Bookshelf speakers are the perfect compromise for people who love music, but who don’t necessarily have the space for a pair of tower speakers. As their name would suggest, bookshelf speakers are small enough to be stowed on a shelf. Like any speaker, they come in a wide range of price and quality levels.

Teufel’s Definion 3S high-end bookshelf speakers with coaxial drivers.

Hi-fi bookshelf stereo speakers distingish themselves by the superior audio components used starting with the drivers. Unlike less expensive bookshelf speakers, hi-fi models generally employ a combination of tweeters and midrange or midbass drivers in a 2-way construction as this will allow the speaker to play back a broader frequency range with more accuracy. A midbass driver will, of course, not be able to produce the bone-rattling lows of a subwoofer, but it is completely sufficient for most music playback.

Additional types of speakers: Satellites and soundbars

Floor-standing stereo speakers and bookshelf speakers are common in the hi-fi world, but there are many other types of speakers. More commonly in home cinema, the low bass frequencies are produced by completely separate loudspeakers. In a 5.1 home cinema set, the “.1” stands for the single subwoofer that accompanies the system and is responsible for the entire low end. This takes the burden off the satellite speakers which only have to reproduce the mids and treble tones. Since they don’t have to accommodate large woofers, satellites can have much smaller enclosures than typical floorstanding stereo speakers.

Some even employ coax technology to increase the amount of drivers that can be accommodated in a small space. Teufel’s Cubycon, for instance, is a 2-way system with a total of 3 drivers: 1 tweeter and 2 midrange drivers. One of the midrange drivers sits directly behind the tweeter which not only saves space, but leads to a superior sound dispersion.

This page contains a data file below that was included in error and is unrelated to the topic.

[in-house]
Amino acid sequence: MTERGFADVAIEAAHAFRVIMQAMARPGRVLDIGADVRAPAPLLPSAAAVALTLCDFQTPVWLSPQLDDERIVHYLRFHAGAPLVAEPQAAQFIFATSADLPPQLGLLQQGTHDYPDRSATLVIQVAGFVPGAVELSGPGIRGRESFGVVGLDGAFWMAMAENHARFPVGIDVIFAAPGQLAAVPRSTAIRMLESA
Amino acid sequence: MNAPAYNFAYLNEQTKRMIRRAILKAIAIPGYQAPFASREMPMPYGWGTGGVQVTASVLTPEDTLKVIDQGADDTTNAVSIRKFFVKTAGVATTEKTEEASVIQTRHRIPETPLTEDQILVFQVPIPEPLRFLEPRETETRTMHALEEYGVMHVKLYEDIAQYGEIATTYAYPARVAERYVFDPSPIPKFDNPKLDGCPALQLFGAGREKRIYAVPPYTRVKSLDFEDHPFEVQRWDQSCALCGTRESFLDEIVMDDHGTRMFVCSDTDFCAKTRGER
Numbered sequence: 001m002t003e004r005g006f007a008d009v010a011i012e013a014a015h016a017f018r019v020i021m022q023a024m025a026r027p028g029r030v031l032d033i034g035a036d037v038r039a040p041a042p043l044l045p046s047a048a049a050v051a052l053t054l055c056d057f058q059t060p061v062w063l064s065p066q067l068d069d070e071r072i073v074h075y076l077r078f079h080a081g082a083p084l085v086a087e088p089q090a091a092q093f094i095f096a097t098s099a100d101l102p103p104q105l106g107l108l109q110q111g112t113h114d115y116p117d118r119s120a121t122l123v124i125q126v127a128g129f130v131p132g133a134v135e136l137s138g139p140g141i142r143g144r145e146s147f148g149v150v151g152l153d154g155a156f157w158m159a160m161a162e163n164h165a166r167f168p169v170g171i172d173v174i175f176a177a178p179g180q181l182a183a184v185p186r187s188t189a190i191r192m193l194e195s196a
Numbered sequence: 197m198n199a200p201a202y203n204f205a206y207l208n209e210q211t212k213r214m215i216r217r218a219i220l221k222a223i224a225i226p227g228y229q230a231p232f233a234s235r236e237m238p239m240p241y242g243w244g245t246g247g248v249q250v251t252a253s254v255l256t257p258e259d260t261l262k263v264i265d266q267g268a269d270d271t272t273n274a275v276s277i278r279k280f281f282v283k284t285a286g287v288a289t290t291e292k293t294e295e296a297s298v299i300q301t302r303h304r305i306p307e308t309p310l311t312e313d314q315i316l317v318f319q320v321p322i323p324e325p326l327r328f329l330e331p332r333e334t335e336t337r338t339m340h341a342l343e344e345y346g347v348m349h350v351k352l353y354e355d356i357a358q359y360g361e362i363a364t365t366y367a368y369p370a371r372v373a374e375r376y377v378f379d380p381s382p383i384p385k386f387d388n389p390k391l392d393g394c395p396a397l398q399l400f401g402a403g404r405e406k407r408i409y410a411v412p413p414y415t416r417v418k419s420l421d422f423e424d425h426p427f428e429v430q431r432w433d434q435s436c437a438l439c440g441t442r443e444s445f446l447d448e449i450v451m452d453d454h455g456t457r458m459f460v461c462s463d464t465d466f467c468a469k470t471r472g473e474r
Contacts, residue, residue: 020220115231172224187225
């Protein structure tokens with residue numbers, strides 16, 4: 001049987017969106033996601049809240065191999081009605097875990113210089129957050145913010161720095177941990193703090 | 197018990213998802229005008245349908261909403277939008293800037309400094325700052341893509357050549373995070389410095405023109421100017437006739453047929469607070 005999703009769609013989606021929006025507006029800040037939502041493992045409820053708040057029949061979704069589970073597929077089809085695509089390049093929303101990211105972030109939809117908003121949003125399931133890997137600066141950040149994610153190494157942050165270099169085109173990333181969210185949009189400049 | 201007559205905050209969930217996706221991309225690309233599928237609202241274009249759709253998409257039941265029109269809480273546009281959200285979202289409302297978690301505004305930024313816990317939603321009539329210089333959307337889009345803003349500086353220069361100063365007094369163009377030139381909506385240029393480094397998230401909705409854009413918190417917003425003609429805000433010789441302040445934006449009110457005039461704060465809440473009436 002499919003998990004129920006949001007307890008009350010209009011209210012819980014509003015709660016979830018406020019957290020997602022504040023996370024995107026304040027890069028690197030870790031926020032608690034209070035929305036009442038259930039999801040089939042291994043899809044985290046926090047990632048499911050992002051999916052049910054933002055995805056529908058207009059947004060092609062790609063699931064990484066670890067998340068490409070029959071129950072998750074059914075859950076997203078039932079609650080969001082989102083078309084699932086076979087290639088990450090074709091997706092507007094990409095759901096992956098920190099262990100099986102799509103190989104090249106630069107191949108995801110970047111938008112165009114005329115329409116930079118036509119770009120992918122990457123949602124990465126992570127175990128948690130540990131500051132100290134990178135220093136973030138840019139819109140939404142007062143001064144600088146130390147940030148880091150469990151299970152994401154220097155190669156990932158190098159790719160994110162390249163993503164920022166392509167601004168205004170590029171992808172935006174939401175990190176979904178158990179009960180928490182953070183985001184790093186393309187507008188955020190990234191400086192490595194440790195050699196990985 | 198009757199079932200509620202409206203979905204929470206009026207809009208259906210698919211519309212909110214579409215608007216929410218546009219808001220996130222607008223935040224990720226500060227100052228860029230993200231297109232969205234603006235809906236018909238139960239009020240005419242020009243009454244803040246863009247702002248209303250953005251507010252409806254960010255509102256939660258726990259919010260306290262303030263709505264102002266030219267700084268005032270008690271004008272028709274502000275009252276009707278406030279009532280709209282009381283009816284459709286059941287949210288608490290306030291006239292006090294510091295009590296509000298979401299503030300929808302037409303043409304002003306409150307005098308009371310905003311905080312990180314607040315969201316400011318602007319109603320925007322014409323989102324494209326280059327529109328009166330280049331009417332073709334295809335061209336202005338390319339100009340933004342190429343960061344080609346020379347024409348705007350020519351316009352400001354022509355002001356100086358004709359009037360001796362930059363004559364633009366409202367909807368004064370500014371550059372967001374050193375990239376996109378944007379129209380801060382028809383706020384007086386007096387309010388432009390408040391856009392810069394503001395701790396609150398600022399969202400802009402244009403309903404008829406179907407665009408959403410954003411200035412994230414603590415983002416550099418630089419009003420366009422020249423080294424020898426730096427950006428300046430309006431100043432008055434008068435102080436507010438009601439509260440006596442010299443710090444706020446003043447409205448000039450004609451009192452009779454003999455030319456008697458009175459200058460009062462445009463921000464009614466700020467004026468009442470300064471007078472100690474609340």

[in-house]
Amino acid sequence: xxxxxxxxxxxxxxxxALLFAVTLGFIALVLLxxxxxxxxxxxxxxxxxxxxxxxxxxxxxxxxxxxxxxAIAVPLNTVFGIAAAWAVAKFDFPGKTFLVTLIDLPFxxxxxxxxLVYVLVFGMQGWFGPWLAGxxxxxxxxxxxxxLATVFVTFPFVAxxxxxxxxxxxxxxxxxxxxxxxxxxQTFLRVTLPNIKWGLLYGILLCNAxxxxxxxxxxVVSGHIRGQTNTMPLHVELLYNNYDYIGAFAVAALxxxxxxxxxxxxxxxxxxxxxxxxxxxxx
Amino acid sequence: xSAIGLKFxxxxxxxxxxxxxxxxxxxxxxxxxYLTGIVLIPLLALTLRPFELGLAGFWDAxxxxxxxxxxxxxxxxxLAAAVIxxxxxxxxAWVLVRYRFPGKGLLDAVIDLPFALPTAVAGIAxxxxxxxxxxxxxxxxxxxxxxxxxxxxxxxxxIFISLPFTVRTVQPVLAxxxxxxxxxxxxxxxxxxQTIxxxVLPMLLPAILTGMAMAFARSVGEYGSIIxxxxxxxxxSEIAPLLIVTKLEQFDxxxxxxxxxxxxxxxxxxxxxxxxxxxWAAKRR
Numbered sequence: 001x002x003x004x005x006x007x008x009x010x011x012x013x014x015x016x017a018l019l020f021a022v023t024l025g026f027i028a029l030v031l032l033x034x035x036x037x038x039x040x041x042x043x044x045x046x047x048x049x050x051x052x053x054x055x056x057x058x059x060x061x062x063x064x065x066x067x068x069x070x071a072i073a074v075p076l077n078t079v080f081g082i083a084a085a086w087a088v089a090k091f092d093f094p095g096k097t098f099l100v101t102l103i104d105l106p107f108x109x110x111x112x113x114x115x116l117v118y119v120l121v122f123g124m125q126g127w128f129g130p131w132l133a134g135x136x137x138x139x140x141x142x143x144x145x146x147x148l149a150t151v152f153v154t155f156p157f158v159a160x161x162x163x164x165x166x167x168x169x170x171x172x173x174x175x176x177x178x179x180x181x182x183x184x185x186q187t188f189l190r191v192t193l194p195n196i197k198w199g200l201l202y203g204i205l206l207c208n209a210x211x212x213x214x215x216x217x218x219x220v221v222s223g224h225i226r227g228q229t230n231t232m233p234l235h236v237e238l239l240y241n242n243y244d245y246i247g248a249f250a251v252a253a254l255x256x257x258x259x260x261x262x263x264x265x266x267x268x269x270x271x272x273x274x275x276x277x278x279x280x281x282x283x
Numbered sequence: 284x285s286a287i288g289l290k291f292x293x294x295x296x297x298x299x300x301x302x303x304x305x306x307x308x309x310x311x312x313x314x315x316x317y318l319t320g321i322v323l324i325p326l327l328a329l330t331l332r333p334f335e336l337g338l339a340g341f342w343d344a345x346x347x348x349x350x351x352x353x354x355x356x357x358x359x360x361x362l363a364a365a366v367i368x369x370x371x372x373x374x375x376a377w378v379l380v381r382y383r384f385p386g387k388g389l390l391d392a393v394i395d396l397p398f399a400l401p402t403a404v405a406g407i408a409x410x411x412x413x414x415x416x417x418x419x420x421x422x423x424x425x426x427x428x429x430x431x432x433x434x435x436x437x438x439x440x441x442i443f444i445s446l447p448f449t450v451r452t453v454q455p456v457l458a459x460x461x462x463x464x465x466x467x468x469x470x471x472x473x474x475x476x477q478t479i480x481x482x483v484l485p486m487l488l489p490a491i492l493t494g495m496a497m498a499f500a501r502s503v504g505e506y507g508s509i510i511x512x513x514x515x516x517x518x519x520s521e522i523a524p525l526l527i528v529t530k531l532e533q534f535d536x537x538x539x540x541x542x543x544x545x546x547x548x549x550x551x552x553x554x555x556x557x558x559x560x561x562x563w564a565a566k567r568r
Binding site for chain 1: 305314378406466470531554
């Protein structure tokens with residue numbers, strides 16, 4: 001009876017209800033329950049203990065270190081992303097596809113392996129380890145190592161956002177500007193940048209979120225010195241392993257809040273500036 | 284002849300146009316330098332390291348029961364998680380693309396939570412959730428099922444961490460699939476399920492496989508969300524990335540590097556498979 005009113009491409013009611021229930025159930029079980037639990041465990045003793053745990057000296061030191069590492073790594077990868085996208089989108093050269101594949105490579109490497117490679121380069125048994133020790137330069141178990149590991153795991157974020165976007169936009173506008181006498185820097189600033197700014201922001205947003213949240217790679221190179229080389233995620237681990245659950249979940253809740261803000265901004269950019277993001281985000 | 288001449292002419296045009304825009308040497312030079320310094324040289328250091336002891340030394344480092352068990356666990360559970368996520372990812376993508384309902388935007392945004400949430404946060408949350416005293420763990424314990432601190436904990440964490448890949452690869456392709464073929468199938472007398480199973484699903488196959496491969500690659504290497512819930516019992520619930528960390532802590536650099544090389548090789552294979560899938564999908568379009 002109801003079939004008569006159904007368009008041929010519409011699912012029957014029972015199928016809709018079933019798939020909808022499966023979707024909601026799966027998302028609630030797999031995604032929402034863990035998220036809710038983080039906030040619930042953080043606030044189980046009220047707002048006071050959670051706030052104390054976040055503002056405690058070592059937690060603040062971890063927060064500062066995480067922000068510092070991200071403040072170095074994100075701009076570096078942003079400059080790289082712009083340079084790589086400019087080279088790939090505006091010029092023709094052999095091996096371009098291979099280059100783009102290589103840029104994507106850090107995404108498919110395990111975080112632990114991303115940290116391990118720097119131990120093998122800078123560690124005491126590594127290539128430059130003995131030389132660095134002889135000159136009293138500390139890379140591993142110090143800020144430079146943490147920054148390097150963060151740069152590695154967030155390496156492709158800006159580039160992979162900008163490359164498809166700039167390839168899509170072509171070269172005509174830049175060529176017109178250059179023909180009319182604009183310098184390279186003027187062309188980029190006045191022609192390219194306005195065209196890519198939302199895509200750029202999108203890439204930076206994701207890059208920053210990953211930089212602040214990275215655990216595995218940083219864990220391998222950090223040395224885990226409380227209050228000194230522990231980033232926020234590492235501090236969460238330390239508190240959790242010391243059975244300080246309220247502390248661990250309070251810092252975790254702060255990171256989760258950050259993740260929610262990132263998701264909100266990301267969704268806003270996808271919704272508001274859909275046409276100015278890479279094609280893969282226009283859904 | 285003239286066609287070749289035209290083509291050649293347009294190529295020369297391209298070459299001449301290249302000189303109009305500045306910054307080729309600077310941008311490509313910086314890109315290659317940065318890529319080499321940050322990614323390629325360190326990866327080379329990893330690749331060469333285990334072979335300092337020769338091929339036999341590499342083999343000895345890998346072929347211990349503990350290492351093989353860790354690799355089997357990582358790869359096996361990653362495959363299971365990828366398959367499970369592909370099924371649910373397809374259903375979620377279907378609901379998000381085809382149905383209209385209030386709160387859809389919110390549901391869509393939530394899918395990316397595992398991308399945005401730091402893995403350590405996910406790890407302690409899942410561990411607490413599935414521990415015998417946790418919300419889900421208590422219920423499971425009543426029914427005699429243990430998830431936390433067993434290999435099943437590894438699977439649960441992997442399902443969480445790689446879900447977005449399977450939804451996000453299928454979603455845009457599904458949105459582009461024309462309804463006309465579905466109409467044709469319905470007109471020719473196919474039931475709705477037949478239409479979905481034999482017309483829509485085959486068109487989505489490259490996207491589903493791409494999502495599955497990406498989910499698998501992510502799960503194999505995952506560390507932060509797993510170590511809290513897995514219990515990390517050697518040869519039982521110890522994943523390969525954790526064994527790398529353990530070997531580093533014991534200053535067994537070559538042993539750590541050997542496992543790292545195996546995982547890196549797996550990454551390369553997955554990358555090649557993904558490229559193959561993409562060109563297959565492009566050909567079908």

Teufel Flat Subwoofer

When it comes to soundbars and soundbases, there is a wide range of driver technology employed. Some contain up to six different drivers from classic tweeters and midrange drivers to midbass drivers. Others, like the Teufel Cinebase makes use of 6 high-end full-range drivers arranged in a row. This saves space, allowing system to remain relatively flat. Two downward facing woofers built into the bottom of the enclosure ensure that all movie, television and music playback is accompanied by highly realistic and very good bass. In short, with soundbars and soundbases, all combinations are possible and can produce excellent sound from a single enclosure.

Conclusion: When purchasing loudspeakers, pay special attention to the drivers

This article will hopefully have awakened your interest in one part of a loudspeaker’s inner workings and rendered the loudspeaker specs a little more understandable. If one is looking at a small all-in-one speaker that contains a tweeter and midbass driver, it is wise to keep expectations low when it comes to bass playback. Yet some all-in-one speakers like the Teufel Cinebase or the Raumfeld One M contain bass drivers built into the bottom of the enclosure. This allows a relatively compact speaker to produce a big bass sound, much deeper and more powerful than expected. For this reason, one should always be sure to check the driver specifications listed for any speaker before buying.